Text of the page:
Perl Best Practices: Standards and Styles for Developing Maintainable Code

Category: Computer Science
Author: Damian Conway
All Stack Overflow 10


by anonymous   2017-08-20

[Edit I typed too slowly while answering, so this response bascially duplicates @mpapec's below - I will leave the references here and you can vote me up for those ;-) but do not accept my response as the answer].

Try something like the following to see if it works:

for $inner_hash (@{ $data1->{Family}{House} }) { 
   say "Name: $inner_hash->{Name}" 

since you need to get the inner hashes' values from inside the elements of the array (that is what value:ARRAY(OXXX) is telling you).

You can use perldoc to look at the perldata, perlref, perlreftut and perldsc PODs to learn more about data structures and dereferencing. If keeping your data structure in mind while you are writing code gets to be too hard to do, it may mean you need to simplify things: either the data itself or by writing sub's to make it easier to access, or making use some of the excellent utility modules from CPAN.

There's also some good perl data structure related tutorials out there. The POD/perldoc documentation that ships with perl (along with Chapter 9 of Programming Perl) is the canonical reference, but you might browse these nodes from perlmonks:

  • References quick reference
  • Referencing in advanced data structures
  • Visualizing perl data structures
  • Perlmonks Hash Tutorial

NB Above I'm using the perlcritic and Perl Best Practices style of dereferencing: e.g.: @{ $data1->{Family}{House} } so the syntax reminds me that the inner hashes (or inner-inner?) are inside an array. There's a cool new way of dereferencing being introduced in perl 5.20 called postfix dereferencing which will be great, but you can't go wrong following the recommendations of PBP.

"Until you start thinking in terms of hashes, you aren't really thinking in Perl." -- Larry Wall


by anonymous   2017-08-20

Well, first of all Higher-Order Perl is really good, but it's about functional programming, not objects.

Perl Best Practices is an excellent book, but it has limitations, and one of them is that Conway recommends using his own Class::Std module to do inside-out objects, and the general consensus seems to be (1) that if you're going to do inside-out objects, Object::InsideOut and Class::InsideOut are better ways to do it (2) and anyway, using "Moose" based objects is a better way to go.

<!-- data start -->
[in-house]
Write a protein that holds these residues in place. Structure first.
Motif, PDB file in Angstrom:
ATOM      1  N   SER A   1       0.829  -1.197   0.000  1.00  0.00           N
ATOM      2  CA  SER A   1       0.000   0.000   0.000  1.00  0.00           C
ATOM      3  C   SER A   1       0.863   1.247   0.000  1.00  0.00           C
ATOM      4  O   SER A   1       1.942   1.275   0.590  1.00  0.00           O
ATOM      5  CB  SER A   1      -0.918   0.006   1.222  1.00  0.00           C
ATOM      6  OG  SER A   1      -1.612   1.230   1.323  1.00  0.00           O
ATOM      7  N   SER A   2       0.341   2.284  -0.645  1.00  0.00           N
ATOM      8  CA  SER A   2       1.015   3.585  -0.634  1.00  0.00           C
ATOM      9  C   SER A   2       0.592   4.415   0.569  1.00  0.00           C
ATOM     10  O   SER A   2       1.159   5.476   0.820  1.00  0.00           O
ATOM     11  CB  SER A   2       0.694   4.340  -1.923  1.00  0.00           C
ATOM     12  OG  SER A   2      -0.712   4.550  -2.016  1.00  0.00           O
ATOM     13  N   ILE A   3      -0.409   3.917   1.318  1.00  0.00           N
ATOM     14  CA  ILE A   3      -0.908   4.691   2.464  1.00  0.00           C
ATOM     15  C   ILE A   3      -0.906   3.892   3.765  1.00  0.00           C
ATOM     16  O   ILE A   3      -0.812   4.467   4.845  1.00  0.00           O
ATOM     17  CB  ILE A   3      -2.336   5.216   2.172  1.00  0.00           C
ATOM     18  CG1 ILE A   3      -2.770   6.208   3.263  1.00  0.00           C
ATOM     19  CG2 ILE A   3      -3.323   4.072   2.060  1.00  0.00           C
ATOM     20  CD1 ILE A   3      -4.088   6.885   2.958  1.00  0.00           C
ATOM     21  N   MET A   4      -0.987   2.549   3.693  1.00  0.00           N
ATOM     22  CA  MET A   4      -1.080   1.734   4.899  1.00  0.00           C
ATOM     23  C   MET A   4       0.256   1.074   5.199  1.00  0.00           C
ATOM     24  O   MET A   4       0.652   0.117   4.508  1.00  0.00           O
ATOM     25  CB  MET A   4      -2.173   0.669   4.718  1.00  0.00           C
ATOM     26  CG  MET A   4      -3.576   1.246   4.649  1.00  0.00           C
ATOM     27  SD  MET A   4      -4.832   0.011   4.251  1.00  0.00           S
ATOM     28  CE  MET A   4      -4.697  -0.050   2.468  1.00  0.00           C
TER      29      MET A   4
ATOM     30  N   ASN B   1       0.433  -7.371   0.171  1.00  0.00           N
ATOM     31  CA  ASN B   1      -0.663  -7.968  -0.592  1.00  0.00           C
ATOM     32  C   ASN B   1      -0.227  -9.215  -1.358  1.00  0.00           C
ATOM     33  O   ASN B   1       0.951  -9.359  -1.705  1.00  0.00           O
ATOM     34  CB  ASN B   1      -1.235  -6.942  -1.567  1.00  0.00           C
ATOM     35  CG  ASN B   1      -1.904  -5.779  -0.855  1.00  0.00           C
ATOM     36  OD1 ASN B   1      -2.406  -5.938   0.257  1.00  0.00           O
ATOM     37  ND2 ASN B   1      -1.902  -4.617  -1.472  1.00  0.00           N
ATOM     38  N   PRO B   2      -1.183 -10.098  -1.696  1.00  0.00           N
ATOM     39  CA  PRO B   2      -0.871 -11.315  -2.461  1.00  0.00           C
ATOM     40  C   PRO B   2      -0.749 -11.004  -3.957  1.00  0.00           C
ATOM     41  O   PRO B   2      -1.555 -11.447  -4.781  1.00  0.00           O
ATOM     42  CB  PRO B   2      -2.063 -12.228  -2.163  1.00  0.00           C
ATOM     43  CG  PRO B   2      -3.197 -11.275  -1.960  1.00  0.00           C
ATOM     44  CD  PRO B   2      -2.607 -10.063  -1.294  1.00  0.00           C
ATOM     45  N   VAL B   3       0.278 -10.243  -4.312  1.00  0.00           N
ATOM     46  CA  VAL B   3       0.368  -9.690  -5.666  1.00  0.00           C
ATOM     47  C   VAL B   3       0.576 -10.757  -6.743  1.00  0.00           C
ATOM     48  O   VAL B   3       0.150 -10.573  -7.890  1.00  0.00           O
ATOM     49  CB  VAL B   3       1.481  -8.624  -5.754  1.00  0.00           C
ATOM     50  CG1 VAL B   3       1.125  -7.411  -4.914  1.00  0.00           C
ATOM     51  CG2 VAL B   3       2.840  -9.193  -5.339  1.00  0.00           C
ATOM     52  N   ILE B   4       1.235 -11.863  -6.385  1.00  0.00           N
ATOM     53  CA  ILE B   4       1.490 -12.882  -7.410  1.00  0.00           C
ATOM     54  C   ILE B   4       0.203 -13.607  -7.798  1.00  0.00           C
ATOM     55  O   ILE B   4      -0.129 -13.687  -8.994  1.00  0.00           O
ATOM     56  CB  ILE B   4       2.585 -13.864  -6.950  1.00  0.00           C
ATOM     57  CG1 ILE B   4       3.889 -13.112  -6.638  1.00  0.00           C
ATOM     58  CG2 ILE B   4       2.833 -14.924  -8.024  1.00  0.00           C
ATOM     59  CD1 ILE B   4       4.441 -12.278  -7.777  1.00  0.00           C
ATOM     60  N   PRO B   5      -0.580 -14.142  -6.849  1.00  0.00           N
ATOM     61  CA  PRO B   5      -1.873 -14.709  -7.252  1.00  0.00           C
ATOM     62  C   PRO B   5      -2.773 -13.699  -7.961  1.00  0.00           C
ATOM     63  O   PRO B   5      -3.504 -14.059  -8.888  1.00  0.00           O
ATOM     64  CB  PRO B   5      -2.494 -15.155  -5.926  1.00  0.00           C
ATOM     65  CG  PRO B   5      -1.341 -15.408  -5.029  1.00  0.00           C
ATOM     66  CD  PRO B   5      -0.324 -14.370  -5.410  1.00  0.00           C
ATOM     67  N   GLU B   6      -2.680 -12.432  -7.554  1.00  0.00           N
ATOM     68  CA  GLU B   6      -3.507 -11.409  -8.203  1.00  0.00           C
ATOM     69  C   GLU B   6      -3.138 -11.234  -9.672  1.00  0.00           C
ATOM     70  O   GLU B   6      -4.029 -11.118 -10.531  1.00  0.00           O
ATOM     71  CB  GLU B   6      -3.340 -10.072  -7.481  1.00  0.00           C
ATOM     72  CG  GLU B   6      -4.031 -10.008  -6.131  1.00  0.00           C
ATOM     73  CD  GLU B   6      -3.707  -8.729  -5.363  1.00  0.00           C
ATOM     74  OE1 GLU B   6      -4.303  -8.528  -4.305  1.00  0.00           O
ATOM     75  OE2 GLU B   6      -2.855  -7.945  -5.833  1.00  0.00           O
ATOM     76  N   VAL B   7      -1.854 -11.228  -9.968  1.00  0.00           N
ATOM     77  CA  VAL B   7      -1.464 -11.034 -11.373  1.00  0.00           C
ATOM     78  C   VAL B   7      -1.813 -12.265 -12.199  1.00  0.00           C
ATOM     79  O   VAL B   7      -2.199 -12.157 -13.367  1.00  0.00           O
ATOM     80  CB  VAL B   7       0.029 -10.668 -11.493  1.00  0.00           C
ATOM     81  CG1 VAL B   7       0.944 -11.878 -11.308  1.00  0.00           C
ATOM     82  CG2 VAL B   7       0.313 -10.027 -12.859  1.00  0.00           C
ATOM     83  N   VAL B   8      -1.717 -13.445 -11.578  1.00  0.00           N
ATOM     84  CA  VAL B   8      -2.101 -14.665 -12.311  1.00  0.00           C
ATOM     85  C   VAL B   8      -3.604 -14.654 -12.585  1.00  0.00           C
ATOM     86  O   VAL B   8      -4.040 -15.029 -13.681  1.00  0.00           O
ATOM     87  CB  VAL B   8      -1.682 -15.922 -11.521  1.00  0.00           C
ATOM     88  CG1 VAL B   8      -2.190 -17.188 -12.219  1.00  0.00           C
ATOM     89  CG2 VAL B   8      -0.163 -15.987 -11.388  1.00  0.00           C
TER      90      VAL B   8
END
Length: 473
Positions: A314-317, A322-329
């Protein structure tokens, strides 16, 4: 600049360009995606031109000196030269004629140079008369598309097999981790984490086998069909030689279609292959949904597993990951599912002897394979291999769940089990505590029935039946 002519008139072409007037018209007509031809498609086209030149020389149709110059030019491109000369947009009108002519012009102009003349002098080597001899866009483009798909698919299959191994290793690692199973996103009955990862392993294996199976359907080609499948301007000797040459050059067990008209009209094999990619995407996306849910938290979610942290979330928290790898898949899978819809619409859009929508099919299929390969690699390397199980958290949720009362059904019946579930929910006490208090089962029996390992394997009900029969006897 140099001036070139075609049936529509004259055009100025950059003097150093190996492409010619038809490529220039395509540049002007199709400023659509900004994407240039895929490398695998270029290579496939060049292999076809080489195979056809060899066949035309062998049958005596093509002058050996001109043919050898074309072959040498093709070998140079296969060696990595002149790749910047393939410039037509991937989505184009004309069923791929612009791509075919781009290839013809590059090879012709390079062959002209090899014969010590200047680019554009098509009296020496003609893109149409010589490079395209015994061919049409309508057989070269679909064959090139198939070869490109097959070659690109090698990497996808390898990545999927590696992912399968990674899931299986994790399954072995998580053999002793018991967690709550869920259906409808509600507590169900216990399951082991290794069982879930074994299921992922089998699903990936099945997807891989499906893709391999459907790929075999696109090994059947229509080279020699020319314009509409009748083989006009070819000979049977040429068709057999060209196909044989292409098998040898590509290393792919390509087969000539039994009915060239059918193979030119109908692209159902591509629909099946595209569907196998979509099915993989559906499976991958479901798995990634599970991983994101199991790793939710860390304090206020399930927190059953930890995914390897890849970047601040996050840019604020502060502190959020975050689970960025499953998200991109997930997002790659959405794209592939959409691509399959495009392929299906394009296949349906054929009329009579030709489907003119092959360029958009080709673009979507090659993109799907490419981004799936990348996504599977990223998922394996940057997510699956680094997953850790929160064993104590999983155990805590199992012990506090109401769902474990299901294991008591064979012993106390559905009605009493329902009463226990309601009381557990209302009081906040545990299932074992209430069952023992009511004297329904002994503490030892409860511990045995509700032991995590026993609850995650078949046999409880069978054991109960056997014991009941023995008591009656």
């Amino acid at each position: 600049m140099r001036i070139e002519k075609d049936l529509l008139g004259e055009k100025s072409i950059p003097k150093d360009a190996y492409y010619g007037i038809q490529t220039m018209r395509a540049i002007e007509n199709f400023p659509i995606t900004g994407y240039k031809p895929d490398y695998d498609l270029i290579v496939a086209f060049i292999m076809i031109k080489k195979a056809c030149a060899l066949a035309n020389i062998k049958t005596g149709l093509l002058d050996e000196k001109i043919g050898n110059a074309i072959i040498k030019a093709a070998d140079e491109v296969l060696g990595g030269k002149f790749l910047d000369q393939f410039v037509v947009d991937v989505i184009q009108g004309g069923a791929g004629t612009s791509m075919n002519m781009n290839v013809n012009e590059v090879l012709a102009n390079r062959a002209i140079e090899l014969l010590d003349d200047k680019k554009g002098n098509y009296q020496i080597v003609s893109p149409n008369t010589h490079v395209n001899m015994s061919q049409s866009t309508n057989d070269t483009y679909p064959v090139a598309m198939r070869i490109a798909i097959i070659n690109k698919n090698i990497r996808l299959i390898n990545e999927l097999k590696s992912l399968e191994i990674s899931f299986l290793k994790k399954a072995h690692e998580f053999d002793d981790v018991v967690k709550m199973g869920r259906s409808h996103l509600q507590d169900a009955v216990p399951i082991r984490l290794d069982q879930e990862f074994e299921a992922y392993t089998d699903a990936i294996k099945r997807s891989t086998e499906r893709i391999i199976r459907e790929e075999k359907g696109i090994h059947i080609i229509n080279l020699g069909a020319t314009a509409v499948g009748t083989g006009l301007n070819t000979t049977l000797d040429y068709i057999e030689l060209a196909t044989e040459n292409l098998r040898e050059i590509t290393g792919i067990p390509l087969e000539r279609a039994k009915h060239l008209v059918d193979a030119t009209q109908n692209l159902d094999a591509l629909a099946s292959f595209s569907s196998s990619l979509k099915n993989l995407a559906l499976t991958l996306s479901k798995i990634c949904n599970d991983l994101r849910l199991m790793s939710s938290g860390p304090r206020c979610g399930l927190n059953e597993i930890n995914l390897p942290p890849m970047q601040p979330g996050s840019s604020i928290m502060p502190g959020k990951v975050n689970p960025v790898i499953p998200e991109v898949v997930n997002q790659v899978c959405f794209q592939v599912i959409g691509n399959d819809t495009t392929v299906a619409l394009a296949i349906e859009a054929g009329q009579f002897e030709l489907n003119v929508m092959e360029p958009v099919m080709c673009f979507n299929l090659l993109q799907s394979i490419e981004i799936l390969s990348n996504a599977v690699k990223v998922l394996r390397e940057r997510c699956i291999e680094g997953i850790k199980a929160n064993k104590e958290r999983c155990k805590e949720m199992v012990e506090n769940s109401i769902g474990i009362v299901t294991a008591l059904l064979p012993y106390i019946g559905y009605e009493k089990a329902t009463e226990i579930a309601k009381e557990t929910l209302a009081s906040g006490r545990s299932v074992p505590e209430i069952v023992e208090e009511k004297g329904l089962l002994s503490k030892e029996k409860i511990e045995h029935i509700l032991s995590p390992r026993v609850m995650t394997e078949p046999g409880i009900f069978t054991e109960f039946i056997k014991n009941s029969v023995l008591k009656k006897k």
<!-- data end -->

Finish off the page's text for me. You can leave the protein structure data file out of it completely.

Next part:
This illustrates what is probably the major difference between the Java and Perl world: There's rarely one standard way of doing anything with Perl. Starting as someone who feels comfortable with objects in another language, I would guess that the most interesting thing about Conway's now slightly dated Object Oriented Perl is watching him gradually develop different ways of adding OOP features you've been taking for granted.

I like the basic blessed-hash style of Perl OOP myself, but you need to understand that it's encapsulation is really weak, and that while method-inheritance works, there's typically no data-inheritance. There are also some rather perlish tricks in wide use, such as automatically generating accessors using an AUTOLOAD routine.

As for what you can read on the subject, don't neglect the on-line documentation that comes with Perl: perldoc. Note the "Tutorials" section at the top. If you're rusty on Perl's references and data structures, read the first two: perldoc perlreftut and perldoc perldsc. A little down the list, you'll see multiple OOP tutorials. These are largely about simple href-based objects, though there are some serious oddities in there, such as Tom Christiansen's scheme for closure-based objects down at the bottom of: perldoc perltoot

If you're interested in some of the newer ways people do things, you might want to start with Moose which is supposed to be the closest you can get to perl6 objects while still writing perl5 code. By the way: ignore the word "postmodern" there, it's a silly joke that doesn't make any sense.

If you're interested in inside-out objects (which have bullet proof encapsulation, but are perhaps a little annoying to debug-- you can't just use Data::Dumper on the object to get it's status), I'd suggest starting with this perl5 wiki page.